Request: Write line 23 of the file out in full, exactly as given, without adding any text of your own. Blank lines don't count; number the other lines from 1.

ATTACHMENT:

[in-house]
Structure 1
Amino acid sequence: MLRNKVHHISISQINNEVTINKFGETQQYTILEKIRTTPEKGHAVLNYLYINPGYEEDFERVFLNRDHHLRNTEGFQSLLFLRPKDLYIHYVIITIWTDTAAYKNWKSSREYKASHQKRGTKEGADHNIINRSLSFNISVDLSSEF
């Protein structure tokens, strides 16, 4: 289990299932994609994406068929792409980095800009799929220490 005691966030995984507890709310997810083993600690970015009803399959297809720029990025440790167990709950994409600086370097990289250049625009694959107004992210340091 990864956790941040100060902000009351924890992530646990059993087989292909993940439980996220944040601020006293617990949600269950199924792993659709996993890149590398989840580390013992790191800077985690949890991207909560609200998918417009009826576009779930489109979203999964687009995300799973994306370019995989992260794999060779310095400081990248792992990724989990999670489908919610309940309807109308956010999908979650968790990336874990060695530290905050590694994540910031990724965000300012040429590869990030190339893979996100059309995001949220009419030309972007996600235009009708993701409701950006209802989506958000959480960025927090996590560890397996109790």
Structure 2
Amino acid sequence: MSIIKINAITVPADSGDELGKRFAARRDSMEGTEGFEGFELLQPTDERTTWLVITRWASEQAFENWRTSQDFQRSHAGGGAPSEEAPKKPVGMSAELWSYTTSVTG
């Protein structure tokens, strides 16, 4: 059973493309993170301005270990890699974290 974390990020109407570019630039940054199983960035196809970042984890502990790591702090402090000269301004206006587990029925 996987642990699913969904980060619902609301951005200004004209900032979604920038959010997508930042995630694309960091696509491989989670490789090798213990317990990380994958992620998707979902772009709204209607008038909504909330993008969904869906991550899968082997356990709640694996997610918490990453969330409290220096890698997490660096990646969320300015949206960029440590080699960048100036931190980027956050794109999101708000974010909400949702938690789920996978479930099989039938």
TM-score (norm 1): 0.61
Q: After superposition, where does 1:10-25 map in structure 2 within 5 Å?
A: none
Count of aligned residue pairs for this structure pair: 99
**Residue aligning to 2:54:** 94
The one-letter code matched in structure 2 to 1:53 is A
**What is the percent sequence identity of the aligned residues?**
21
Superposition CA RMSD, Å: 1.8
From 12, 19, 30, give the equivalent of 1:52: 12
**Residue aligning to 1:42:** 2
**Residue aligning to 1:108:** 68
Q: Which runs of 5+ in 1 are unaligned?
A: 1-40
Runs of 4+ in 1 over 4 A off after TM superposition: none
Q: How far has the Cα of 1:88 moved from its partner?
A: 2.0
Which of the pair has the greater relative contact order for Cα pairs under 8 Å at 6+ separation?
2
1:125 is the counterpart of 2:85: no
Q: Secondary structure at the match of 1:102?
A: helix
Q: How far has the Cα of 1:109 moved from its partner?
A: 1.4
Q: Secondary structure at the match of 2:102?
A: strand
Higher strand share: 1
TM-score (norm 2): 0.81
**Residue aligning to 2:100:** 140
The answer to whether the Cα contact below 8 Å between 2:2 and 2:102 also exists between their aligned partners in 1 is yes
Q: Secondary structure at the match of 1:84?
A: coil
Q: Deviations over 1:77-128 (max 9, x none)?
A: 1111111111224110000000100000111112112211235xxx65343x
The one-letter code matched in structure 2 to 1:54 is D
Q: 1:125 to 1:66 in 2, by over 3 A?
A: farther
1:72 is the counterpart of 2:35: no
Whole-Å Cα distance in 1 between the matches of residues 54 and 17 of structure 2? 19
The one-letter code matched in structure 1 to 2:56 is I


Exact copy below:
Q: How far has the Cα of 1:88 moved from its partner?